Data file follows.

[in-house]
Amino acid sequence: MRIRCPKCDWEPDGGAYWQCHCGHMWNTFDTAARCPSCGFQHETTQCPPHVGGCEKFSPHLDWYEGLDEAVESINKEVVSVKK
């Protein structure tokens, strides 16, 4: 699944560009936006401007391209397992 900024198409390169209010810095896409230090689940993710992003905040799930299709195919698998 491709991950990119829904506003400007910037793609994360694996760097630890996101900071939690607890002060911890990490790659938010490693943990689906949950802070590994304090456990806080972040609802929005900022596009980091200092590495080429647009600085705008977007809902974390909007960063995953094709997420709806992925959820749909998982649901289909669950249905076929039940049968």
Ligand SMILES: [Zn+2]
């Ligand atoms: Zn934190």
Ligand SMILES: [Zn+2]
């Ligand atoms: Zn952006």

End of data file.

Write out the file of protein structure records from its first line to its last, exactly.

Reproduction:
[in-house]
Amino acid sequence: MRIRCPKCDWEPDGGAYWQCHCGHMWNTFDTAARCPSCGFQHETTQCPPHVGGCEKFSPHLDWYEGLDEAVESINKEVVSVKK
């Protein structure tokens, strides 16, 4: 699944560009936006401007391209397992 900024198409390169209010810095896409230090689940993710992003905040799930299709195919698998 491709991950990119829904506003400007910037793609994360694996760097630890996101900071939690607890002060911890990490790659938010490693943990689906949950802070590994304090456990806080972040609802929005900022596009980091200092590495080429647009600085705008977007809902974390909007960063995953094709997420709806992925959820749909998982649901289909669950249905076929039940049968």
Ligand SMILES: [Zn+2]
């Ligand atoms: Zn934190």
Ligand SMILES: [Zn+2]
């Ligand atoms: Zn952006």